Evidence from Germany: what citizens want from democracy

Although democracy is viewed positively across Europe, surprisingly little is known about the type of democratic processes citizens support. Drawing on new research in Germany, Saskia Goldberg, Dominik Wyss and André Bächtiger illustrate that disenchanted citizens want stronger involvement in political decision-making, irrespective of the concrete participation format.

Picture: Tim Reckmann/(CC BY 2.0) licence

What do people want from democracy and democratic decision-making? Are they happy with the current shape of representative democracy or do they want something else, e.g. getting more involvement and having a say when political decisions are made? Currently, there is a lot of democratic experimentation around the globe, but we have surprisingly little robust knowledge on what citizens actually want from democracy.

Existing research has offered important insights into correlates of democratic preferences. But we may tap into ill-formed preferences or non-attitudes when we ask participants abstract concepts such as preferences for democratic governance schemes on the basis of pure survey research. Indeed, we know from psychological research that people generally have difficulties in forming coherent and stable attitudes on politics. Hence, if citizens have to give answers within a few seconds without having the possibility to think through their preferences – as in existing surveys – we may be confronted with distorted answers on what citizens actually want from democracy.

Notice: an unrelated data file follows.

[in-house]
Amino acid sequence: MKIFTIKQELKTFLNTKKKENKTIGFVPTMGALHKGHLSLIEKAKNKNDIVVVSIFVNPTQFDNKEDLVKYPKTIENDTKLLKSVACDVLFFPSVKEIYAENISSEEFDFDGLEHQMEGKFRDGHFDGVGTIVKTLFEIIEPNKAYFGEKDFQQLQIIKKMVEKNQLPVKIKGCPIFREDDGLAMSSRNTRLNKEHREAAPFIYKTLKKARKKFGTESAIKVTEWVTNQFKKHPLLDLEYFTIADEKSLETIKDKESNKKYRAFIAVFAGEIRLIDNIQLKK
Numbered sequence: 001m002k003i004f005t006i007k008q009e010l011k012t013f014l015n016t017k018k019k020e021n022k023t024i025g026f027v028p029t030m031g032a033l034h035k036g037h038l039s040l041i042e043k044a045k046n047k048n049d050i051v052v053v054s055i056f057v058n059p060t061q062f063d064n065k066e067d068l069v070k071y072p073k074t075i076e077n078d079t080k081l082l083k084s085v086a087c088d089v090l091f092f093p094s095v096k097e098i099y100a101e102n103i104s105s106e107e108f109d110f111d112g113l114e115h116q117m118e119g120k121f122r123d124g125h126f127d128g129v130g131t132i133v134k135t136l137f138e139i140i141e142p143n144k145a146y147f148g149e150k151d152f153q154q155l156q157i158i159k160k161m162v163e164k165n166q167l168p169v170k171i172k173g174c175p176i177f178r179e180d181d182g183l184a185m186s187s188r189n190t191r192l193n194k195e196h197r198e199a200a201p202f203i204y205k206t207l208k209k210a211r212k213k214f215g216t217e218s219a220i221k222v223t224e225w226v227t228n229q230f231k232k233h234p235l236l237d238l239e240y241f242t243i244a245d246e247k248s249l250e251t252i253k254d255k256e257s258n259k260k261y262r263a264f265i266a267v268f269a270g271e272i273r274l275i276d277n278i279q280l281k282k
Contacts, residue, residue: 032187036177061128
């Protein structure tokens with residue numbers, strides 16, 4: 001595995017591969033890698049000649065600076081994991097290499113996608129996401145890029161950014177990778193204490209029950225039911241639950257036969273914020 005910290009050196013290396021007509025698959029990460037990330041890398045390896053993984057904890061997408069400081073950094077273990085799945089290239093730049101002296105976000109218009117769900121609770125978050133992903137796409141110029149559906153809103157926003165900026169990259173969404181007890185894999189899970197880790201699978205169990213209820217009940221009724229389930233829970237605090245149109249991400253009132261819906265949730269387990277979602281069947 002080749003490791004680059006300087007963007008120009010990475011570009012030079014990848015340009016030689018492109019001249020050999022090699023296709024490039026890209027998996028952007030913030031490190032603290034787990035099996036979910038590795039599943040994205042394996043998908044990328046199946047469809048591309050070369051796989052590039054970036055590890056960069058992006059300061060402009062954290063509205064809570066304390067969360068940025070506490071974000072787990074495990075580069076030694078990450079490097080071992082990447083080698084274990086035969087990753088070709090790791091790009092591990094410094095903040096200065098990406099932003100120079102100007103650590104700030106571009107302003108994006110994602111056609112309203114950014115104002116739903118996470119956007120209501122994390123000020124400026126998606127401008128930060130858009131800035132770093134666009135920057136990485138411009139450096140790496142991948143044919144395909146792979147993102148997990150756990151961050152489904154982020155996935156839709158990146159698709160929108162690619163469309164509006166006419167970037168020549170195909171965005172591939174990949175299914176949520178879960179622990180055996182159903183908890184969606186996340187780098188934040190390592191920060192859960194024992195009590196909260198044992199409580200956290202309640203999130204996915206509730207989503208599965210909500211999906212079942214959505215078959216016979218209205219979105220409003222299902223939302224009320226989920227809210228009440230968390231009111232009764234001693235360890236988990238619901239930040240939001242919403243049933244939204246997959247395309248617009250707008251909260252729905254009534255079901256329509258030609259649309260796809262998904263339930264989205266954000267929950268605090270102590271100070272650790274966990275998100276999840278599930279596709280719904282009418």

To explore citizens’ considered democratic preferences, we conducted an online experiment with German citizens where we confronted participants with four different governance schemes: representative democracy, direct democracy, citizen dialogue and an integrative model. The participants were randomly assigned to three groups. A first group was presented with the different governance schemes including information about the pros and cons and then having the possibility to deliberate in an (asynchronous) online-discussion forum about the various models. A second group was presented with different governance schemes with information about the pros and cons but with no possibility to deliberate. A final group was only presented with the governance schemes, but asked twice about them. Finally, we varied the governance schemes with two decision cases. Whereas the first involved the construction of an asylum home, the second was about speed limits in the context of particulates. While participants perceived the first case as highly salient, the second case was perceived as more technical and less salient (Figure 1).

Figure 1: Four governance schemes

Note: For more information, see the authors’ accompanying article in Political Studies.